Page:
Offsets are freely produced if the plant is growing well[14]. Flowers are produced in 3 - 4 years from seed[12].

Bulbs should be planted about 7cm deep[14].


Problems, pests & diseases

Associations & Interactions

There are no interactions listed for Erythronium grandiflorum. Do you know of an interaction that should be listed here? edit this page to add it.

Polycultures & Guilds

There are no polycultures listed which include Erythronium grandiflorum.




None listed.


None listed.

Full Data

This table shows all the data stored for this plant.

Binomial name
Erythronium grandiflorum
Imported References
Medicinal uses
Material uses & Functions
Edible uses
None listed.
Material uses
None listed.
Medicinal uses
None listed.
Functions & Nature
Provides forage for
Provides shelter for
Hardiness Zone
Heat Zone
partial shade
Soil PH
Soil Texture
Soil Water Retention
Environmental Tolerances
    Native Climate Zones
    None listed.
    Adapted Climate Zones
    None listed.
    Native Geographical Range
    None listed.
    Native Environment
    None listed.
    Ecosystem Niche
    None listed.
    Root Zone Tendancy
    None listed.
    Deciduous or Evergreen
    Herbaceous or Woody
    Life Cycle
    Growth Rate
    Mature Size
    Flower Colour
    Flower Type


    1. ? Frohne. D. and Pf?nder. J. A Colour Atlas of Poisonous Plants. Wolfe ISBN 0723408394 (1984-00-00)
    2. ? 2.02.1 Hedrick. U. P. Sturtevant's Edible Plants of the World. Dover Publications ISBN 0-486-20459-6 (1972-00-00)
    3. ? 3.03.1 Uphof. J. C. Th. Dictionary of Economic Plants. Weinheim (1959-00-00)
    4. ? Harrington. H. D. Edible Native Plants of the Rocky Mountains. University of New Mexico Press ISBN 0-8623-0343-9 (1967-00-00)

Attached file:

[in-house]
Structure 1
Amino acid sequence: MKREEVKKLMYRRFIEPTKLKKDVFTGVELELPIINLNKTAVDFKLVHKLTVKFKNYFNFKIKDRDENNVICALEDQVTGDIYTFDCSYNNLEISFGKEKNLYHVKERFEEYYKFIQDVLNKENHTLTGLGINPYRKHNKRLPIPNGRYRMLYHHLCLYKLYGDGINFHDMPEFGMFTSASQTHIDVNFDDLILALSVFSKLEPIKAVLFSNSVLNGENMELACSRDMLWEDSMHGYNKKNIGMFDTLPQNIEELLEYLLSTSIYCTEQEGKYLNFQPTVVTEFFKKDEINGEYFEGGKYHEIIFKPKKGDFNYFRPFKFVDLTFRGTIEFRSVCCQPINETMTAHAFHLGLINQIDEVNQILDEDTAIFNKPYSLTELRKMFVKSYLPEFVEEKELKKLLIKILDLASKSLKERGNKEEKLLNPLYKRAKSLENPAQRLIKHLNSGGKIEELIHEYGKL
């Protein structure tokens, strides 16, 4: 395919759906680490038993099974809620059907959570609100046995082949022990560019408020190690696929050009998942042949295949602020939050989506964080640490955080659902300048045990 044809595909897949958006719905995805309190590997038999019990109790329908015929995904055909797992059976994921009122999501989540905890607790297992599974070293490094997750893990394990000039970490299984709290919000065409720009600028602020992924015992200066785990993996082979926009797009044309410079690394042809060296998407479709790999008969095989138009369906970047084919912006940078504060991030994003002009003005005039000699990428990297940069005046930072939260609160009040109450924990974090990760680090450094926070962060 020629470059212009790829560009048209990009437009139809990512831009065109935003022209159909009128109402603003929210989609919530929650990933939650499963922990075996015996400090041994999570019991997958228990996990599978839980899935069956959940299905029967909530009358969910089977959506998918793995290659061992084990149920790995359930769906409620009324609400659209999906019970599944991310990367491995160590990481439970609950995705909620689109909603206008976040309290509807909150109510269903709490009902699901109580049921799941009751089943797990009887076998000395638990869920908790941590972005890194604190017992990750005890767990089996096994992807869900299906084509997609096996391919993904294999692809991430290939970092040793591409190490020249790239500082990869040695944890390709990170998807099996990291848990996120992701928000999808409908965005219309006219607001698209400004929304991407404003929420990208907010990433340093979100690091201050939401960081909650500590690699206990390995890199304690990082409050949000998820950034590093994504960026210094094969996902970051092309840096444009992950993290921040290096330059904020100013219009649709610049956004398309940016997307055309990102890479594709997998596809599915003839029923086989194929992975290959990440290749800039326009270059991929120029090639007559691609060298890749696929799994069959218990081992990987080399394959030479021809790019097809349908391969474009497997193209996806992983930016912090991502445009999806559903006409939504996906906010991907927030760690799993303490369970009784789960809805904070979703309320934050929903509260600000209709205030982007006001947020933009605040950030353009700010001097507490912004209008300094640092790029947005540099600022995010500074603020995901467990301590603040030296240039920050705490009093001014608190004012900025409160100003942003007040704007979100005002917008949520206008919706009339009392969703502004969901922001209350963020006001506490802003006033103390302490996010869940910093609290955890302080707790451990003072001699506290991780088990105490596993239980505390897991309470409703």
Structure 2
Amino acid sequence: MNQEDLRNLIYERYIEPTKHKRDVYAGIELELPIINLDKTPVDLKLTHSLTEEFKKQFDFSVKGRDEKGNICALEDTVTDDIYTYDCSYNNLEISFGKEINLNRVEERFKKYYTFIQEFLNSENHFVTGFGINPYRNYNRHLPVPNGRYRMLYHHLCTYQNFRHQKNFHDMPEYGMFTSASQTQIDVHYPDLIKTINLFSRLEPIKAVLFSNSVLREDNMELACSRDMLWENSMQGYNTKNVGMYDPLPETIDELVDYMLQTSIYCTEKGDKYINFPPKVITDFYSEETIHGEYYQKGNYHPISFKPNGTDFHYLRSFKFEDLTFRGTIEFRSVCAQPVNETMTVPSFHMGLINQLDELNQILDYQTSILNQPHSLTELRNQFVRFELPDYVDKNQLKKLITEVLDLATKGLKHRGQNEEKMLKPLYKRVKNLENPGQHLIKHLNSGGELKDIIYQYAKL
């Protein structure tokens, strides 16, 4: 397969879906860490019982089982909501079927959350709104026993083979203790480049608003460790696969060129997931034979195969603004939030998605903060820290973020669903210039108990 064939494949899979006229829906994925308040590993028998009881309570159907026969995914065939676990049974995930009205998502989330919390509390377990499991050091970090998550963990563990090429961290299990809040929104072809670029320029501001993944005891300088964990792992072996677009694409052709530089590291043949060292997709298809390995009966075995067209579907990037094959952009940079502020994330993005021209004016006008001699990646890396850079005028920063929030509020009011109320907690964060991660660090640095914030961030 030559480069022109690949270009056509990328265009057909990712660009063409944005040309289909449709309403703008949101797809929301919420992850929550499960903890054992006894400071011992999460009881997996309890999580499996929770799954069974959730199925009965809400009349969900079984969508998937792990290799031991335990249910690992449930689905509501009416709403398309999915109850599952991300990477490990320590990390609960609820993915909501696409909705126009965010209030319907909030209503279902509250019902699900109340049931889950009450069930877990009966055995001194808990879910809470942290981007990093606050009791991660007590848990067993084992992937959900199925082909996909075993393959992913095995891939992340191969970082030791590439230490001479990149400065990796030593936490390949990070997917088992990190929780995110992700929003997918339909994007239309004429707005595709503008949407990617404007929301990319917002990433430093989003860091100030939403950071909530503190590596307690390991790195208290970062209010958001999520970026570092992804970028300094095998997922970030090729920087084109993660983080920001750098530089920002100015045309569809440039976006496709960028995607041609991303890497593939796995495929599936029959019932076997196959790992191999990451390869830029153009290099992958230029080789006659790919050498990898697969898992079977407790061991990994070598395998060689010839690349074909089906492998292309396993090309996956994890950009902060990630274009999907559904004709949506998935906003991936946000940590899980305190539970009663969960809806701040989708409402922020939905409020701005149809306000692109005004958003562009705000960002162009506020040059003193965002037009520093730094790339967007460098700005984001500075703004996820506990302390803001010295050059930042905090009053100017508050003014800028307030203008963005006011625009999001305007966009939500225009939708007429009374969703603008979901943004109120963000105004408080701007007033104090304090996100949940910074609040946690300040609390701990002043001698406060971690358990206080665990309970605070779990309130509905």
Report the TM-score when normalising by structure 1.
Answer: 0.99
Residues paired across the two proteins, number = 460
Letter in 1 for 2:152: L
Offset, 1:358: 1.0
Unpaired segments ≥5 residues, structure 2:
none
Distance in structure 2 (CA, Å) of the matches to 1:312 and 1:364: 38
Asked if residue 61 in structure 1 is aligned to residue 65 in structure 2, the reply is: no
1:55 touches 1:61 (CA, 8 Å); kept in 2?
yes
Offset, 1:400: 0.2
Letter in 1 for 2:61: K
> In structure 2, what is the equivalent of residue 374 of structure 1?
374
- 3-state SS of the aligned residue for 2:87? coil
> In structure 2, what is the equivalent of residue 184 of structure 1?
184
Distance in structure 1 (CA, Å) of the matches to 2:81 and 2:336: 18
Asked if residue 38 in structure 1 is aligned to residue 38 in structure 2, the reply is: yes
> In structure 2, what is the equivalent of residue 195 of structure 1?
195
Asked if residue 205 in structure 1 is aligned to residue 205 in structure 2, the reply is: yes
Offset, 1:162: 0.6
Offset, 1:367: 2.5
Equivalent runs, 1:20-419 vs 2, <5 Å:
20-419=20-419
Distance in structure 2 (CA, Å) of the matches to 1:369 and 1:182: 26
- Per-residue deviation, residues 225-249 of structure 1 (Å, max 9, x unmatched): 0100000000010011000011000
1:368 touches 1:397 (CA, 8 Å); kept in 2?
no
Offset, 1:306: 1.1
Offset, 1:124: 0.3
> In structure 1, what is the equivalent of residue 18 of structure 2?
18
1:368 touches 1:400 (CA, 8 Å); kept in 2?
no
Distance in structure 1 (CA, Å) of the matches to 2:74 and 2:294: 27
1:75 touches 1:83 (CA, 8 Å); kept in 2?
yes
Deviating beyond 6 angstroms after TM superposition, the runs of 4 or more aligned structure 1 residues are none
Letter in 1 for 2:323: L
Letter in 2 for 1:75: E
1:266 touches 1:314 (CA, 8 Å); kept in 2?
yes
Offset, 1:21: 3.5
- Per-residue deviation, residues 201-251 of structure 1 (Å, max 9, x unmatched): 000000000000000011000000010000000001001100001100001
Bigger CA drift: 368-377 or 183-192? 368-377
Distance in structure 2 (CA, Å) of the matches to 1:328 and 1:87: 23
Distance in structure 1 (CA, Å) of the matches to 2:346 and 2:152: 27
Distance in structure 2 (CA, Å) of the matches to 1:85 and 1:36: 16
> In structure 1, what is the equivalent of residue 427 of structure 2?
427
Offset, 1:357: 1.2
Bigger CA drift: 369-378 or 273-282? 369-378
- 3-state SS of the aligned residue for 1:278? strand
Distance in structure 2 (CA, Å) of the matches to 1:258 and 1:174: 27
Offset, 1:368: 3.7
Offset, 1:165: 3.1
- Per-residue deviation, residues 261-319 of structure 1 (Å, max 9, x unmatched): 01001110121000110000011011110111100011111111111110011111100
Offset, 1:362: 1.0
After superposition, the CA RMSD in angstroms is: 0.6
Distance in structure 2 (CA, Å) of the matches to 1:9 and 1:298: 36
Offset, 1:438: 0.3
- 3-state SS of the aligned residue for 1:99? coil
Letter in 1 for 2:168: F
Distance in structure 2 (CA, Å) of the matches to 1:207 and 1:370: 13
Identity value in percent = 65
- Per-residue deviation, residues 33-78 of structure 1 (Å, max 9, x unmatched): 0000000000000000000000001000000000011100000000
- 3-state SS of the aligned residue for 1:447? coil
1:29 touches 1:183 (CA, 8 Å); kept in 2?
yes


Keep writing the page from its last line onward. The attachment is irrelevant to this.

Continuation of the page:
5. ? 5.05.1 Tanaka. T. Tanaka's Cyclopaedia of Edible Plants of the World. Keigaku Publishing (1976-00-00)
    6. ? Moerman. D. Native American Ethnobotany Timber Press. Oregon. ISBN 0-88192-453-9 (1998-00-00)
    7. ? Turner. N. J. Food Plants of Coastal First Peoples UBC Press. Vancouver. ISBN 0-7748-0533-1 (1995-00-00)
    8. ? 8.08.1 Coffey. T. The History and Folklore of North American Wild Flowers. Facts on File. ISBN 0-8160-2624-6 (1993-00-00)
    9. ? Coon. N. The Dictionary of Useful Plants. Rodale Press ISBN 0-87857-090-x (1975-00-00)
    10. ? Craighead. J., Craighead. F. and Davis. R. A Field Guide to Rocky Mountain Wildflowers The Riverside Press ISBN 63-7093 (1963-00-00)
    11. ? 11.011.1 Weiner. M. A. Earth Medicine, Earth Food. Ballantine Books ISBN 0-449-90589-6 (1980-00-00)
    12. ? Bird. R. (Editor) Growing from Seed. Volume 4. Thompson and Morgan. (1990-00-00)
    13. ? Huxley. A. The New RHS Dictionary of Gardening. 1992. MacMillan Press ISBN 0-333-47494-5 (1992-00-00)
    14. ? F. Chittendon. RHS Dictionary of Plants plus Supplement. 1956 Oxford University Press (1951-00-00)
    15. ? Grey. C. H. Hardy Bulbs. Williams & Norgate. (1938-00-00)
    16. ? Phillips. R. and Rix. M. Bulbs Pan Books ISBN 0-330-30253-1 (1989-00-00)
    17. ? Cite error: Invalid <ref> tag; no text was provided for refs named PFAFimport-60